n 1984, the very first Winter Olympics taking place in a Communist state was held in the unique and remarkable city of Sarajevo – then a thriving metropolis in the now-defunct host nation Yugoslavia, but these days the modern capital city of Bosnia and Herzegovina. In 2014 – thirty years after the Sarajevo Winter Olympics – the seaside Russian city of Sochi also held the attention of television viewers, in that unique way only a former communist nation in a world entranced by western media is capable of doing, as it played host to 22nd Winter Olympiad.
Yugoslavia doesn’t exist anymore, except in the minds of Yugo-stalgic lovers of all things Tito. Bosnia and Herzegovina is a democracy. Russia has given communism the flick, moving on to a decidedly more on-trend corporatocracy. And the cities of Sochi and Sarajevo share something else in common – an abandoned Winter Olympic site. As Sochi begins it’s inevitable decay, perhaps the abandoned Winter Olympic bobsled track, high on Mount Trebević above Sarajevo, will be an eerily accurate bellwether for the future of the area above Sochi’s Imeritinsky Beach.
At the time, a record 49 nations participated in the 1984 Winter Olympics. Tens of thousands of spectators covering Mount Trebević cheered on the brave Sarajevo bobsled and luge competitors, as they raced down the 1.3km long track at speeds of over 100 km/h, in snowy, blustery conditions. For several years after the Olympics, the Sarajevo bobsled track was used for world cup competitions. And then, came the rub. When 1991 rolled around, the ugly and complex Yugoslav wars commenced, and the Olympic bobsled location was utilised by military forces as an artillery position.
By 1992, just eight years after the very peaceful Winter Olympics, the city of Sarajevo became victim of the longest military seige in modern history. Sarajevo was cut off from the world, and relentlessly bombarded by forces who had now overtaken the hills surrounding the city. Residents had little chance of escape, as over 5000 civilians were killed by rockets and mortars from above, and snipers within the downtown streets of Sarajevo. The Olympic fields, became killing fields, and television viewers around the world were again focused on Sarajevo. This time, bobsleds and figure skating had been replaced by the uneasy voyeurism of death and destruction, televised to audiences around the world, remote control in hand.
Understandably, for those in Sarajevo, preservation of the Olympic bobsled track took a back seat to things like water, food, medicine, and not becoming another statistic during an unimaginable period of bloodshed. By September 1993, the Sarajevo Winter Olympiad remained a surreal memory from another time and place, and it was estimated that virtually every building in Sarajevo had now suffered some degree of damage. During the siege, thirty five thousand buildings were completely destroyed, in a city of around a half a million inhabitants. On one single day in July 1993, almost 4000 shells blitzed the city, all part of a nausea inducing average of 329 shell impacts for every day of the 1425 day urbicide.
Today, the Mount Trebević Olympic site is totally abandoned. The vegetation has recovered and is threatening to finally take over the graffiti-strewn and war damaged concrete bobsled course. Seeing the track gracefully snake it’s way through hauntingly scenic forest, is a sight unlike any other. Now, decaying restaurant buildings only serve up perfect views of the picturesque city below, and the last remaining spectators are the occasional intrepid tourists carefully eyed by roaming packs of stray dogs. This was my third visit to the bobsled track, and each time the weather and season has provided a different experience. It’s otherworldly, serene, mysterious and has now become strangely familiar.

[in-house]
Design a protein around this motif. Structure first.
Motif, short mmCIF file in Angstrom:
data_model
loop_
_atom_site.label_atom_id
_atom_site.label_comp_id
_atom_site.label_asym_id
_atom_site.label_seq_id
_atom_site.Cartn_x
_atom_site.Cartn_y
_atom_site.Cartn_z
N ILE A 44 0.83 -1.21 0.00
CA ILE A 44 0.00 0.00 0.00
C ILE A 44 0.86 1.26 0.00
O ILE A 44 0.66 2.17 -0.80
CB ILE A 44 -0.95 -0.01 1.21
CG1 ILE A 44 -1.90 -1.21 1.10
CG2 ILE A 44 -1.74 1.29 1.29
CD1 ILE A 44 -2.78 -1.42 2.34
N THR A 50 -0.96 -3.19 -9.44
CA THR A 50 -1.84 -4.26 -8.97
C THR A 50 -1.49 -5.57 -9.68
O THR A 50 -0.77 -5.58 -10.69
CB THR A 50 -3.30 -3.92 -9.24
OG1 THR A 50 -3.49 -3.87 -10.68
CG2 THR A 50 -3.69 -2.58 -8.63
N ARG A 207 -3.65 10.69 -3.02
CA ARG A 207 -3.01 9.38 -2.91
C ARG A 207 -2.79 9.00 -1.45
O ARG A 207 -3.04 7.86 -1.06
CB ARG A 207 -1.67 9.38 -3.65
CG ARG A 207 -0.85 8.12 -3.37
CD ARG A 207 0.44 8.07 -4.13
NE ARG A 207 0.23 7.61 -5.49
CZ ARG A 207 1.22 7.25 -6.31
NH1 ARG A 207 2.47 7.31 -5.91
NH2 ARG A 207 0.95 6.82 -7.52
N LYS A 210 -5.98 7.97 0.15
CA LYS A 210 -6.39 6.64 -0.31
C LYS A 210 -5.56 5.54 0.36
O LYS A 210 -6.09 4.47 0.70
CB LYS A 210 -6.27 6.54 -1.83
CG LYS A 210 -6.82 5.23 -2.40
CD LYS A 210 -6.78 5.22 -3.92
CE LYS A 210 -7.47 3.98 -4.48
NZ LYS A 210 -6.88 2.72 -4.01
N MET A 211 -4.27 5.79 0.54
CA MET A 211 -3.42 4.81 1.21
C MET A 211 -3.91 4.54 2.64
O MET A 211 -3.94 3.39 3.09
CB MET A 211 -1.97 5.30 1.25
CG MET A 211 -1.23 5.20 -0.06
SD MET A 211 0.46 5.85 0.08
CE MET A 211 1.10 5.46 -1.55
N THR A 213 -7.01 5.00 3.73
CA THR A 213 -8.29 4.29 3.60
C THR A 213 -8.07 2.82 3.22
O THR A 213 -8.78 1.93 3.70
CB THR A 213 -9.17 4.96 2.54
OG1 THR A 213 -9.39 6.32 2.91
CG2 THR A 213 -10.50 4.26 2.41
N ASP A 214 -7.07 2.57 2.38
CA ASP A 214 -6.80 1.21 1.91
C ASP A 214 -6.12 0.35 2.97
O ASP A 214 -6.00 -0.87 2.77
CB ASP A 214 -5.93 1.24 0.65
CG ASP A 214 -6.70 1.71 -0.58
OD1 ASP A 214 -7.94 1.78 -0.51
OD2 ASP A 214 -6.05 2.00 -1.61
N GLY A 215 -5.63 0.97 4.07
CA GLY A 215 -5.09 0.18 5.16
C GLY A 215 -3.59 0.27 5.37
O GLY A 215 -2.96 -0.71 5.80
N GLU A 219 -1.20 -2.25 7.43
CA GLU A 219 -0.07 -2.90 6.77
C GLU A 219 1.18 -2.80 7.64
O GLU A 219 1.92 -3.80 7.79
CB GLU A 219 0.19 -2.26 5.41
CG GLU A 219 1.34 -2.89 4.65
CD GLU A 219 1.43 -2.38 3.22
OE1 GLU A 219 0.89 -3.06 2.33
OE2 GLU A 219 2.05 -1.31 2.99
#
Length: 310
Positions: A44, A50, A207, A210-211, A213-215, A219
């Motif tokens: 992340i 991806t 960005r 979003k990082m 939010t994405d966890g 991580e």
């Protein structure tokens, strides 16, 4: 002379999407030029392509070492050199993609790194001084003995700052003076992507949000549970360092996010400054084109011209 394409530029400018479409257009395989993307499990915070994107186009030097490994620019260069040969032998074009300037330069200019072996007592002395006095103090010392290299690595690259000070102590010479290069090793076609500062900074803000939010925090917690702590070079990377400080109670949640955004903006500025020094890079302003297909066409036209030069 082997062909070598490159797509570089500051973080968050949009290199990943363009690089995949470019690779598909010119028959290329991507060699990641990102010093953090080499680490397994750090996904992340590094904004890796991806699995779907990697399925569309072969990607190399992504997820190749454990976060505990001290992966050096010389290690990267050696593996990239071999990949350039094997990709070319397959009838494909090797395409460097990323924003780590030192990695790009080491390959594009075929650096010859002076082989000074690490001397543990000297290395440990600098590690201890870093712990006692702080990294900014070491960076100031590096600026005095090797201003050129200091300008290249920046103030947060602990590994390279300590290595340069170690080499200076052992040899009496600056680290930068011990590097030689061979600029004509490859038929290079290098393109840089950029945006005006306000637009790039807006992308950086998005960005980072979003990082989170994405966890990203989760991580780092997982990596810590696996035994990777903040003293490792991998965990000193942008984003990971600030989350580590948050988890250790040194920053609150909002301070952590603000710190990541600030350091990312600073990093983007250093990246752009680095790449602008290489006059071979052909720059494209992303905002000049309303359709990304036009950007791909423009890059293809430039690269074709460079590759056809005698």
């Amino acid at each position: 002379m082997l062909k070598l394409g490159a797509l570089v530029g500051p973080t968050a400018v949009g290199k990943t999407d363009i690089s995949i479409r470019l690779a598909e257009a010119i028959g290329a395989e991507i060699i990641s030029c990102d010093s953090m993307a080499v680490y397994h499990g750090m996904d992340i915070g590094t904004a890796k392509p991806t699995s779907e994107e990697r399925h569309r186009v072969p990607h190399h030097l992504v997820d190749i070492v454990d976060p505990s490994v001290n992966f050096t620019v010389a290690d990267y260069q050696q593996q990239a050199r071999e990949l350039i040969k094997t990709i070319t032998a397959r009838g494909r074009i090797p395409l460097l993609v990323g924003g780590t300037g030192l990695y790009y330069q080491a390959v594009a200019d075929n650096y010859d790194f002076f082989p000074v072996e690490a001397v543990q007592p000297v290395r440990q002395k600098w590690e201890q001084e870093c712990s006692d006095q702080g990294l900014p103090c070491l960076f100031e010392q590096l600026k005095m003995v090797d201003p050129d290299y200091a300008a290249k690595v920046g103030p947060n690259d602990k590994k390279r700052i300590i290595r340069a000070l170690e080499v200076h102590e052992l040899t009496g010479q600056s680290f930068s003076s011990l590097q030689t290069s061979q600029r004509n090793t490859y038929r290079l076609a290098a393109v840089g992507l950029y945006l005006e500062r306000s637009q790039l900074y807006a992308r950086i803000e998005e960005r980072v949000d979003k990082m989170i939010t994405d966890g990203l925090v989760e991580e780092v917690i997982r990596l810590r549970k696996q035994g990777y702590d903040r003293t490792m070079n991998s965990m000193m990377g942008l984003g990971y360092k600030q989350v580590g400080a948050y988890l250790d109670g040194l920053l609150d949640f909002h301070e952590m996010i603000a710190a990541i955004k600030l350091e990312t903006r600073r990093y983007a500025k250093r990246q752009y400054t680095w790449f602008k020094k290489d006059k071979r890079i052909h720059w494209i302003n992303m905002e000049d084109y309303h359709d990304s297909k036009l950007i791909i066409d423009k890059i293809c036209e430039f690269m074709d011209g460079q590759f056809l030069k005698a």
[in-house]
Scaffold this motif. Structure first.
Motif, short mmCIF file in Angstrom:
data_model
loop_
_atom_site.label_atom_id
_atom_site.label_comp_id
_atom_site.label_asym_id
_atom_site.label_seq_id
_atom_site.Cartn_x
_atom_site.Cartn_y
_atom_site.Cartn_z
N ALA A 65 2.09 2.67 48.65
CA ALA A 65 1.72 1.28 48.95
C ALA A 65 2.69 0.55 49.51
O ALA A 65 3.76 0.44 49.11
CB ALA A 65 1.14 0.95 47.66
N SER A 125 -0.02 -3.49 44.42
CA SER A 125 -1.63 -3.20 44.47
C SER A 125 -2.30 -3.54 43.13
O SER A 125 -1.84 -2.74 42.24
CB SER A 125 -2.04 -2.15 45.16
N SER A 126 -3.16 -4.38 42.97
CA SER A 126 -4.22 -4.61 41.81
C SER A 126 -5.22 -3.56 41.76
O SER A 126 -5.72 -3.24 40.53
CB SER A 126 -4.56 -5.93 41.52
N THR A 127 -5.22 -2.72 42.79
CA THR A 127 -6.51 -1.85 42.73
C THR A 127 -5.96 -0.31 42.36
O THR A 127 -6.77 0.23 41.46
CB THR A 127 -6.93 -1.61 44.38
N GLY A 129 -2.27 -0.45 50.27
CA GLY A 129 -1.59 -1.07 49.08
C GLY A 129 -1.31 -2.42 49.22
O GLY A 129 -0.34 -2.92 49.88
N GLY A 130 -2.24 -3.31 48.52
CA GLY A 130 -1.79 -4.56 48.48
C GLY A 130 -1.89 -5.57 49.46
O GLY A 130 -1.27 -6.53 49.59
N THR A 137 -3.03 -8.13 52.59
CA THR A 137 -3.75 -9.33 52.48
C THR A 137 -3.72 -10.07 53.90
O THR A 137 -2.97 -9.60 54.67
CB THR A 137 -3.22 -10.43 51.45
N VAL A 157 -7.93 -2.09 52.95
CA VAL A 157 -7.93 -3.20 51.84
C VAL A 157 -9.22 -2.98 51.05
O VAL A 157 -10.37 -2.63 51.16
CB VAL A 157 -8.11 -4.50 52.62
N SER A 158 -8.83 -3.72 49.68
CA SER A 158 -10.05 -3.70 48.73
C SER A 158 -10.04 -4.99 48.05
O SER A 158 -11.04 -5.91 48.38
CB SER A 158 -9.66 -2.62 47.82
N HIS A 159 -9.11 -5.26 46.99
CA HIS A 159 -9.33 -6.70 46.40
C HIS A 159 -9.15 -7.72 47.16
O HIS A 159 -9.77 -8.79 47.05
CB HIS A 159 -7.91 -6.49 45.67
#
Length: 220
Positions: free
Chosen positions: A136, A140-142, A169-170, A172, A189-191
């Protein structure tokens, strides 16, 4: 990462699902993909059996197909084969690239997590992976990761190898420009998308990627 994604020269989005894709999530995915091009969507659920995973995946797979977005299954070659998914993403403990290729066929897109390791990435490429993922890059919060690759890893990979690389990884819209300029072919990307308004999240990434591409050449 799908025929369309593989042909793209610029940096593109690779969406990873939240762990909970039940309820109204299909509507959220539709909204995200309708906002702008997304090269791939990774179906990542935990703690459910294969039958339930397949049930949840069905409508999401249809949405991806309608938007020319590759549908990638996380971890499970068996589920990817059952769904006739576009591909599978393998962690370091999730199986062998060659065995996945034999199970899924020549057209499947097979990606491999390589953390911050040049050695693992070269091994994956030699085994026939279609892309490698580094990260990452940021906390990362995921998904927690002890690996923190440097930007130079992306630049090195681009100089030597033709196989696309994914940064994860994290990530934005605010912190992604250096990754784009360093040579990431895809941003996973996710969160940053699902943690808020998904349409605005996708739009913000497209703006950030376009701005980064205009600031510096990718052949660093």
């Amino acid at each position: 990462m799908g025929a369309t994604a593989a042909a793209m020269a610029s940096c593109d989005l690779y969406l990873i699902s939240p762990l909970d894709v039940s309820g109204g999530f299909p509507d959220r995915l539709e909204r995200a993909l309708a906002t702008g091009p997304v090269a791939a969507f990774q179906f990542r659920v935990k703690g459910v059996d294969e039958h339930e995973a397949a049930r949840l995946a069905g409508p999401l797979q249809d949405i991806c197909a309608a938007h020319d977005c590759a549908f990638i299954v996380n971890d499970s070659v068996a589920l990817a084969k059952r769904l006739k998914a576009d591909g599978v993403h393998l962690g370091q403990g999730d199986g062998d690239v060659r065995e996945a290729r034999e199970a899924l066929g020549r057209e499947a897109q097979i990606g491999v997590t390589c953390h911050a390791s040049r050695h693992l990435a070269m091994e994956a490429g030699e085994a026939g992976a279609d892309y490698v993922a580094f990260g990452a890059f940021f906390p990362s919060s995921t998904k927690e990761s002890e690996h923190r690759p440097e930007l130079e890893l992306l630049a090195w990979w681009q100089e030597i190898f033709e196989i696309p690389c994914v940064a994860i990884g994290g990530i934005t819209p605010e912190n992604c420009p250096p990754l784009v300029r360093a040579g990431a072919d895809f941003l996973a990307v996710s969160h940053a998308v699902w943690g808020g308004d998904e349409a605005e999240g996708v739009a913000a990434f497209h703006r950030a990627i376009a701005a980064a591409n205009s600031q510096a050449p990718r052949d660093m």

Comparisons with Sochi are inevitable. Olympic sites around the world, both summer and winter, have a habit of becoming disused not long after the last IOC member has collected his bribe and moved on to greener pastures. However, Sarajevo could have been different. After the 1984 winter Olympics, the Sarajevo bobsled and luge site remained popular and fully operational. Certainly, if it wasn’t for a war that left Sarajevo living under a storm of heavy artillery fire for many years, the track and Mount Trebević would look very different today. Sadly, the Sarajevo siege well and truly upstaged the 16th Winter Olympics. Sarajevo’s fate was to not be remembered as an Olympic city, but as the owner of an unenviable set of 20th century bookends – starting out as the precise location for the commencement of World War 1, and rounding off suffering through a siege without parallel in modern history.
Still, war or no war, my money is on Sochi looking exactly like Mount Trebević, circa 2024.
Maybe a lot sooner.
How to Get to the Sarajevo Bobsled Track
The map above pinpoints the exact location of the Sarajevo bobsled track. However, no public transport is available. If you have your own transport, the location is about a twenty minute drive from the Sarajevo city center. Without your own transport, you should be able to organise an local taxi driver to take you there and back, or you could always rent your own vehicle for the day.
Some local organisations have commenced tours of the Mount Trebević bobsled track, but I’ve been told by some participants the tours are rushed, and can be overpriced. So, buyer beware. They normally run around 20 Euro’s and up – so unless you’re travelling solo, it’s cheaper to take a taxi, or even hire a car for the day. Check the comments below for discussion on the options.
Of course, hitchhiking could be an option, but you may be in for a long wait. Walking or cycling is also a possibility, but keep in mind the climb is substantial, and that land-mines still exist in the area. And Wolves, so I’ve been told.